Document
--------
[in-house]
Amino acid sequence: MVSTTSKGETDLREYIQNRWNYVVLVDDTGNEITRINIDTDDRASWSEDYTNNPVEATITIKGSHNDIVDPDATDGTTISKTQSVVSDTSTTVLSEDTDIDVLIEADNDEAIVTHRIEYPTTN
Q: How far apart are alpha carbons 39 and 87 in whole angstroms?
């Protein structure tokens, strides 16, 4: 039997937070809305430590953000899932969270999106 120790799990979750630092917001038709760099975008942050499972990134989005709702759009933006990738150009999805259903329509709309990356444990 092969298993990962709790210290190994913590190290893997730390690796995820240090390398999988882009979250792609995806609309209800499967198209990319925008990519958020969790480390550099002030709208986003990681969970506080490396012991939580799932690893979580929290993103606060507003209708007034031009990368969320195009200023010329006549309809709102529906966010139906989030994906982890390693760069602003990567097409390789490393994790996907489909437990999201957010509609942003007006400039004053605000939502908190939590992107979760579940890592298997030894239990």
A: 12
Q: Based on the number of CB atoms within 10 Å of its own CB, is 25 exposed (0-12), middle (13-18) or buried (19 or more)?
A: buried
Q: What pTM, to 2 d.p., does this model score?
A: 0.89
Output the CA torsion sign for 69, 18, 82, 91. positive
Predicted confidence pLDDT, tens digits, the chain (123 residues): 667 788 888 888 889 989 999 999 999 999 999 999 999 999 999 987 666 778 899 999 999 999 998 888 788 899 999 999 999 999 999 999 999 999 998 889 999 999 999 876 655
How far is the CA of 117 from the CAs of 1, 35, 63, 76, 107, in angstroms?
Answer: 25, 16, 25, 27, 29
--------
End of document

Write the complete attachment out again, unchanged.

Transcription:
[in-house]
Amino acid sequence: MVSTTSKGETDLREYIQNRWNYVVLVDDTGNEITRINIDTDDRASWSEDYTNNPVEATITIKGSHNDIVDPDATDGTTISKTQSVVSDTSTTVLSEDTDIDVLIEADNDEAIVTHRIEYPTTN
Q: How far apart are alpha carbons 39 and 87 in whole angstroms?
């Protein structure tokens, strides 16, 4: 039997937070809305430590953000899932969270999106 120790799990979750630092917001038709760099975008942050499972990134989005709702759009933006990738150009999805259903329509709309990356444990 092969298993990962709790210290190994913590190290893997730390690796995820240090390398999988882009979250792609995806609309209800499967198209990319925008990519958020969790480390550099002030709208986003990681969970506080490396012991939580799932690893979580929290993103606060507003209708007034031009990368969320195009200023010329006549309809709102529906966010139906989030994906982890390693760069602003990567097409390789490393994790996907489909437990999201957010509609942003007006400039004053605000939502908190939590992107979760579940890592298997030894239990």
A: 12
Q: Based on the number of CB atoms within 10 Å of its own CB, is 25 exposed (0-12), middle (13-18) or buried (19 or more)?
A: buried
Q: What pTM, to 2 d.p., does this model score?
A: 0.89
Output the CA torsion sign for 69, 18, 82, 91. positive
Predicted confidence pLDDT, tens digits, the chain (123 residues): 667 788 888 888 889 989 999 999 999 999 999 999 999 999 999 987 666 778 899 999 999 999 998 888 788 899 999 999 999 999 999 999 999 999 998 889 999 999 999 876 655
How far is the CA of 117 from the CAs of 1, 35, 63, 76, 107, in angstroms?
Answer: 25, 16, 25, 27, 29